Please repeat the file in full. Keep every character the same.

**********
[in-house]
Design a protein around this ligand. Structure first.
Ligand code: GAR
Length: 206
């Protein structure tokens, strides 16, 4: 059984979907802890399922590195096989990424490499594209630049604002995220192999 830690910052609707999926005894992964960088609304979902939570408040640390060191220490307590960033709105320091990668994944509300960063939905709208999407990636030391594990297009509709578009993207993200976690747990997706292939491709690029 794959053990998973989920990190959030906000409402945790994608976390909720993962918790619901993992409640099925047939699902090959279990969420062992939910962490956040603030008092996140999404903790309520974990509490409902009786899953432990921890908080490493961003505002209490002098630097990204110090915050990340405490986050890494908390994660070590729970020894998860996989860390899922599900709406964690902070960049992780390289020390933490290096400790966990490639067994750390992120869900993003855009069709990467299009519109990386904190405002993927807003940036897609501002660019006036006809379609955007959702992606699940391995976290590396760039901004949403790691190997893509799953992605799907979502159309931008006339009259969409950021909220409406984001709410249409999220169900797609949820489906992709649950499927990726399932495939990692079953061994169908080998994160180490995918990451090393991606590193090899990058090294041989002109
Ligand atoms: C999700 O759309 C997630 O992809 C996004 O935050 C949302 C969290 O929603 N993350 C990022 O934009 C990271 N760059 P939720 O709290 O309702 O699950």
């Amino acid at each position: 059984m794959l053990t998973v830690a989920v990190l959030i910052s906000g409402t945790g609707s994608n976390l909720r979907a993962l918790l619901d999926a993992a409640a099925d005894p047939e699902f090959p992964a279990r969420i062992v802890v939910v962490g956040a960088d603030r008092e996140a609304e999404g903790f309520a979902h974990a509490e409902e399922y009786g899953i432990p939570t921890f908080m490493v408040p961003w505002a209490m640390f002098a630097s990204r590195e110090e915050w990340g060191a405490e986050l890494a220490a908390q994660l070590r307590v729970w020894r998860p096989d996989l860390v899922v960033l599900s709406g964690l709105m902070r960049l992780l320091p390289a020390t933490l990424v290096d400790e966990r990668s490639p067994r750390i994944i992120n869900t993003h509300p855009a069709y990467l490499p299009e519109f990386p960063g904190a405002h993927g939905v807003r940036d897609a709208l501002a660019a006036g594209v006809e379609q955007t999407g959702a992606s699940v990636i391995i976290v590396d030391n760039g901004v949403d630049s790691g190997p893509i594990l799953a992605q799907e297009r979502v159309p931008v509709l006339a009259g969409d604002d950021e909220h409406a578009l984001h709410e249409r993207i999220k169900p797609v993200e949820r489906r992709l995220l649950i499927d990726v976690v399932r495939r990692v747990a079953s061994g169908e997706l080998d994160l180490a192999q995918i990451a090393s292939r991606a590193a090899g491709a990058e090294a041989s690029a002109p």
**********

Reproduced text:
[in-house]
Design a protein around this ligand. Structure first.
Ligand code: GAR
Length: 206
């Protein structure tokens, strides 16, 4: 059984979907802890399922590195096989990424490499594209630049604002995220192999 830690910052609707999926005894992964960088609304979902939570408040640390060191220490307590960033709105320091990668994944509300960063939905709208999407990636030391594990297009509709578009993207993200976690747990997706292939491709690029 794959053990998973989920990190959030906000409402945790994608976390909720993962918790619901993992409640099925047939699902090959279990969420062992939910962490956040603030008092996140999404903790309520974990509490409902009786899953432990921890908080490493961003505002209490002098630097990204110090915050990340405490986050890494908390994660070590729970020894998860996989860390899922599900709406964690902070960049992780390289020390933490290096400790966990490639067994750390992120869900993003855009069709990467299009519109990386904190405002993927807003940036897609501002660019006036006809379609955007959702992606699940391995976290590396760039901004949403790691190997893509799953992605799907979502159309931008006339009259969409950021909220409406984001709410249409999220169900797609949820489906992709649950499927990726399932495939990692079953061994169908080998994160180490995918990451090393991606590193090899990058090294041989002109
Ligand atoms: C999700 O759309 C997630 O992809 C996004 O935050 C949302 C969290 O929603 N993350 C990022 O934009 C990271 N760059 P939720 O709290 O309702 O699950």
């Amino acid at each position: 059984m794959l053990t998973v830690a989920v990190l959030i910052s906000g409402t945790g609707s994608n976390l909720r979907a993962l918790l619901d999926a993992a409640a099925d005894p047939e699902f090959p992964a279990r969420i062992v802890v939910v962490g956040a960088d603030r008092e996140a609304e999404g903790f309520a979902h974990a509490e409902e399922y009786g899953i432990p939570t921890f908080m490493v408040p961003w505002a209490m640390f002098a630097s990204r590195e110090e915050w990340g060191a405490e986050l890494a220490a908390q994660l070590r307590v729970w020894r998860p096989d996989l860390v899922v960033l599900s709406g964690l709105m902070r960049l992780l320091p390289a020390t933490l990424v290096d400790e966990r990668s490639p067994r750390i994944i992120n869900t993003h509300p855009a069709y990467l490499p299009e519109f990386p960063g904190a405002h993927g939905v807003r940036d897609a709208l501002a660019a006036g594209v006809e379609q955007t999407g959702a992606s699940v990636i391995i976290v590396d030391n760039g901004v949403d630049s790691g190997p893509i594990l799953a992605q799907e297009r979502v159309p931008v509709l006339a009259g969409d604002d950021e909220h409406a578009l984001h709410e249409r993207i999220k169900p797609v993200e949820r489906r992709l995220l649950i499927d990726v976690v399932r495939r990692v747990a079953s061994g169908e997706l080998d994160l180490a192999q995918i990451a090393s292939r991606a590193a090899g491709a990058e090294a041989s690029a002109p």